Sunday, May 23, 2010

Miner's Mountain

Janet had mentioned the Bees-Lewis Road just outside Torrey to the east a couple of times recently so it was time to go explore, we loaded up the Tundra with Whip, Louise, Eddd, Janet and I and headed out for a quick drive. I had been down the road once before but it seemed to end at a gate to a quarry, updated information told us that there was more to be found and after a quick tour around the quarry we took the right fork just after the gate. We immediately climbed onto a ridge overlooking highway 12 with spectacular views of Thousand Lake Mountain across the Torrey cliffs to the north, the Fremont Valley to the west and Boulder Mountain to the south.
Thousand Lake Mountain over the Torrey Cliffs.

Highway 12 Headed Up Towards Boulder Mountain

Boulder Mountain and the Cockscomb (or Stegosaurus)

From here the road turned towards Capitol Reef and climbed over the top of Miner's Mountain so that we could see the cliffs of Capitol Reef next to highway 24.

Chimney Rock

Boulder Mountain and the Cockscomb form Miner's Summit ridge.

The road ends at the ridge so we got out for a quick hike around, one of Janet's requirements for a truck ride.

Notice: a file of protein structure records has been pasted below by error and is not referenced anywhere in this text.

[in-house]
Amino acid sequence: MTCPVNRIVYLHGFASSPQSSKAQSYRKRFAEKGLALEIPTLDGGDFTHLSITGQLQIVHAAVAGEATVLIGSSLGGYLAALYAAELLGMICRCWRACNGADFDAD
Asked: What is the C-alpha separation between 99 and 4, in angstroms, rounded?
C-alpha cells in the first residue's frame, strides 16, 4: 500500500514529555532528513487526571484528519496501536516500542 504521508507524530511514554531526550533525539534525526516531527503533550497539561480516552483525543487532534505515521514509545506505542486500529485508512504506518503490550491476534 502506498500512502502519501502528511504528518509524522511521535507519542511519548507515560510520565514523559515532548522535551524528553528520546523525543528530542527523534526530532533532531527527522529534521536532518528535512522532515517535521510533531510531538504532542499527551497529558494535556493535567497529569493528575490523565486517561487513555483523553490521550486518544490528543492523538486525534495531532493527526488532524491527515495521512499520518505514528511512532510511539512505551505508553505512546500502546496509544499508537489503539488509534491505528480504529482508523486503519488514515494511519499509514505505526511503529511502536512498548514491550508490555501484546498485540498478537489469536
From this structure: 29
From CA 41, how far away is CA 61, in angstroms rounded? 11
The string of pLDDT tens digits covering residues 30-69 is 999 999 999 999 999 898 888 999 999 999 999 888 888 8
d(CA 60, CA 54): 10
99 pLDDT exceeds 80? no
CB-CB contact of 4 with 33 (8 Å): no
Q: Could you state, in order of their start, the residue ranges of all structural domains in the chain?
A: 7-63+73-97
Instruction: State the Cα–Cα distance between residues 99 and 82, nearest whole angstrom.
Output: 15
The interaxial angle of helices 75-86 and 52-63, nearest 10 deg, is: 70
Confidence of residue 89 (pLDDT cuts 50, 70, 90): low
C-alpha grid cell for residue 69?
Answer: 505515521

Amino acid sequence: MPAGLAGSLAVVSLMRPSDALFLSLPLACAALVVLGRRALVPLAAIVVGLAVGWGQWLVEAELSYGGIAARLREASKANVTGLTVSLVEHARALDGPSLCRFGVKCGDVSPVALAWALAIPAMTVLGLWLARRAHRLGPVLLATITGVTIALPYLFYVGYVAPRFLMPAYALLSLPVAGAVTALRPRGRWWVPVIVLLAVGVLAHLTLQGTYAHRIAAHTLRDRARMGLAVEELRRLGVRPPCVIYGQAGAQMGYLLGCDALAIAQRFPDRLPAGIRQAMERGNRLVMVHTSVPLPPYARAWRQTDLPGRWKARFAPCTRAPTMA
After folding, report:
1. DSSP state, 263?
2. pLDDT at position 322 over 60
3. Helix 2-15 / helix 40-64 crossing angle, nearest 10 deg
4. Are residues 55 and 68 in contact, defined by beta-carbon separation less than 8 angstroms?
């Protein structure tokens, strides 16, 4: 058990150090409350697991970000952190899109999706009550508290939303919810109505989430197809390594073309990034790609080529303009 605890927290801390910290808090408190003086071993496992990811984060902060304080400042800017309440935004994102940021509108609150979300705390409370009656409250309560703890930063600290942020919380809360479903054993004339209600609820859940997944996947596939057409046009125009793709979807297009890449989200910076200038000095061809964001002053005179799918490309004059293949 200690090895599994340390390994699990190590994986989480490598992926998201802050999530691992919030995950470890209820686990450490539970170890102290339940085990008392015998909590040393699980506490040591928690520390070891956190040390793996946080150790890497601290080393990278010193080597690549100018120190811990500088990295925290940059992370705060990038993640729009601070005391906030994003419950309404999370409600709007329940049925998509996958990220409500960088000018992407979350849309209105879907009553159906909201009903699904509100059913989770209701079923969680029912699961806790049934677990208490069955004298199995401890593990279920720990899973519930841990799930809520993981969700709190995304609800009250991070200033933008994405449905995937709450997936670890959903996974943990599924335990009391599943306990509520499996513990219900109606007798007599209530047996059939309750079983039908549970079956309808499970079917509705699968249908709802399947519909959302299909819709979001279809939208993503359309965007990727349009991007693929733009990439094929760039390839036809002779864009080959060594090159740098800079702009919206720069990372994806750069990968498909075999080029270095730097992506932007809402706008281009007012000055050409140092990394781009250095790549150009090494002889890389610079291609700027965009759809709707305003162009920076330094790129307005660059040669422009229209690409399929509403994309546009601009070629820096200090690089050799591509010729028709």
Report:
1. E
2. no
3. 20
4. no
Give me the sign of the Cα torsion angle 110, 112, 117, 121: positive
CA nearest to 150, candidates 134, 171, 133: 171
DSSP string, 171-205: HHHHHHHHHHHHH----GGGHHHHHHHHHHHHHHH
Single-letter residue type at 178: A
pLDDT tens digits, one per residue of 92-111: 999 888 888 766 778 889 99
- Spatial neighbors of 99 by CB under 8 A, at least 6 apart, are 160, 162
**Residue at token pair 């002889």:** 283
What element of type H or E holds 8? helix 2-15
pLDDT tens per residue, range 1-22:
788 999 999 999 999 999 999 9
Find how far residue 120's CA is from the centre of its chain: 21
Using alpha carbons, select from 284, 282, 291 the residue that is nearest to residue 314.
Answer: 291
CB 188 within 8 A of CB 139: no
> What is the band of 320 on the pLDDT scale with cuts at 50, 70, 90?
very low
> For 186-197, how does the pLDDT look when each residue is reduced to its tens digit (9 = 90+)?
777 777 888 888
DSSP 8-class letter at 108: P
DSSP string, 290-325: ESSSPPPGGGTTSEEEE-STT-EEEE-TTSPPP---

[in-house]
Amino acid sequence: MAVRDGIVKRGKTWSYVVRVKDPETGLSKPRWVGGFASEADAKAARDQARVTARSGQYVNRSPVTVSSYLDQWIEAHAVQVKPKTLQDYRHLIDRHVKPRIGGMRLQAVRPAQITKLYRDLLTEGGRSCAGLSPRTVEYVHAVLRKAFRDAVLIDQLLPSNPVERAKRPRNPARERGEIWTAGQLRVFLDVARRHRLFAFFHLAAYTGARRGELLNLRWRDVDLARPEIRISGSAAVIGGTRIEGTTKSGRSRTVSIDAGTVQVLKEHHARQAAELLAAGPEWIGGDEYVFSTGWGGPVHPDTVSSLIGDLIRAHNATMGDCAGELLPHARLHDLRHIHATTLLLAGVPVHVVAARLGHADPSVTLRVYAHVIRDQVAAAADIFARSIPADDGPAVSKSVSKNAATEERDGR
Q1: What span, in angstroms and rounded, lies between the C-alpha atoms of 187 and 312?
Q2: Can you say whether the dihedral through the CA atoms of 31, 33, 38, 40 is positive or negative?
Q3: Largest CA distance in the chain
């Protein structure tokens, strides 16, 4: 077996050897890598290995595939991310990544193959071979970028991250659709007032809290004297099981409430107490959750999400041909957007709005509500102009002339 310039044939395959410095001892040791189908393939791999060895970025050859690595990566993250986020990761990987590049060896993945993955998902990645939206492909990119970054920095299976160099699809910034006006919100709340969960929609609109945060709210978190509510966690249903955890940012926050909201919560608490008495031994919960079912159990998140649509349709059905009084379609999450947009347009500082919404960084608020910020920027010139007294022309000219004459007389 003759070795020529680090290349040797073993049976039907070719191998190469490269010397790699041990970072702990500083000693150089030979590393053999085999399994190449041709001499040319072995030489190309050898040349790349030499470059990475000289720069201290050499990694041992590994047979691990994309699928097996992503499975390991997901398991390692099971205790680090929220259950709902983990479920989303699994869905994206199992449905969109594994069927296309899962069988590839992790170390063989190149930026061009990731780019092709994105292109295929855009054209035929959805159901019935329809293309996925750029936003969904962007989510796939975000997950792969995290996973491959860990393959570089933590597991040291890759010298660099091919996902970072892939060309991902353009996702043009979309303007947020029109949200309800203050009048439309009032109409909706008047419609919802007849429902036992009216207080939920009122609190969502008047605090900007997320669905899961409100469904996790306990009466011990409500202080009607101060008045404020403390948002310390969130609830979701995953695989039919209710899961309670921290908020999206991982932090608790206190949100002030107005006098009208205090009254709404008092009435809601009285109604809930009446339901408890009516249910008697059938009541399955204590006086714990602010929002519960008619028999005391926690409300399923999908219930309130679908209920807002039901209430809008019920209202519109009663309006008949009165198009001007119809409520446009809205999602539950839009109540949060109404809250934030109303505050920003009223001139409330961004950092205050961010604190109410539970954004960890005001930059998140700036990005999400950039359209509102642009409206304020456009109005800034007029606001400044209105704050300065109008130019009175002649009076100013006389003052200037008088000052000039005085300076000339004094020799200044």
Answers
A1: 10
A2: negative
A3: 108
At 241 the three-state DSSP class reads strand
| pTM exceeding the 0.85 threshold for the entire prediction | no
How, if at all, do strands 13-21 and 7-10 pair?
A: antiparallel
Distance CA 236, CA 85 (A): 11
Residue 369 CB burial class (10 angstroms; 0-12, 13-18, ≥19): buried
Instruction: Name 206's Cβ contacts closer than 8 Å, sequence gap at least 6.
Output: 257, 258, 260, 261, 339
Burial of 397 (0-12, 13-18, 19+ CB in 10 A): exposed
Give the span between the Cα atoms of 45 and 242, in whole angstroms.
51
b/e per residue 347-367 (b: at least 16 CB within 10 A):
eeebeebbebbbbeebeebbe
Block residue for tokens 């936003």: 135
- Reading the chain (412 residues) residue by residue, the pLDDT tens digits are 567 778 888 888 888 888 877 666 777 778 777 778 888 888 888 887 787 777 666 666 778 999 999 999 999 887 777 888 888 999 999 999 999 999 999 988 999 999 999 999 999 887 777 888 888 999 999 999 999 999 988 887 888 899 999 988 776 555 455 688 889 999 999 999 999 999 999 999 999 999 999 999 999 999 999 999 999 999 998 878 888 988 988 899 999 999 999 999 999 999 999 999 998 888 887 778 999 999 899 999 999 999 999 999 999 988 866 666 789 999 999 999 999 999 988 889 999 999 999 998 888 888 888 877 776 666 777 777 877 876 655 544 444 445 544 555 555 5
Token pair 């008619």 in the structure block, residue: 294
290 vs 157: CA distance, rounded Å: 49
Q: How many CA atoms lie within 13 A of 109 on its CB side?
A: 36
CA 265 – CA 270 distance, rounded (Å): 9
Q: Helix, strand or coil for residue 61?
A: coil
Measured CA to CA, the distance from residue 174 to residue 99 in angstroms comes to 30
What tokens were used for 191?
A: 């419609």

The Tundra patiently waiting for the next adventure.

It's been a great spring for flowers after the very snowy winter.

From the summit we headed south into a wash which we followed for a while until we reached a step that the Tundra couldn't handle, we could probably have gone to one side of it but decided that was far enough for the day. Just below the step was evidence of a fearsome beast...

Dinosaur Skull?

Janet's goat imitations require her to climb to the highest spot around, here she is showing off the BMWST Torrey XIX T-shirt, another of Whip's masterpieces.

The Tundra grumbled that it could easily take that little step!

All of the pictures in this post were taken with my Canon 60mm macro lens, it does pretty well with the landscapes!  I decided to use it as a macro lens as well.
Claret Cup Cactus

This is the full resolution picture cropped down. Quite a versatile lens.

A few more macro shots of tiny rock formations.



From there we reversed our route and headed to dinner at the Rim Rock.
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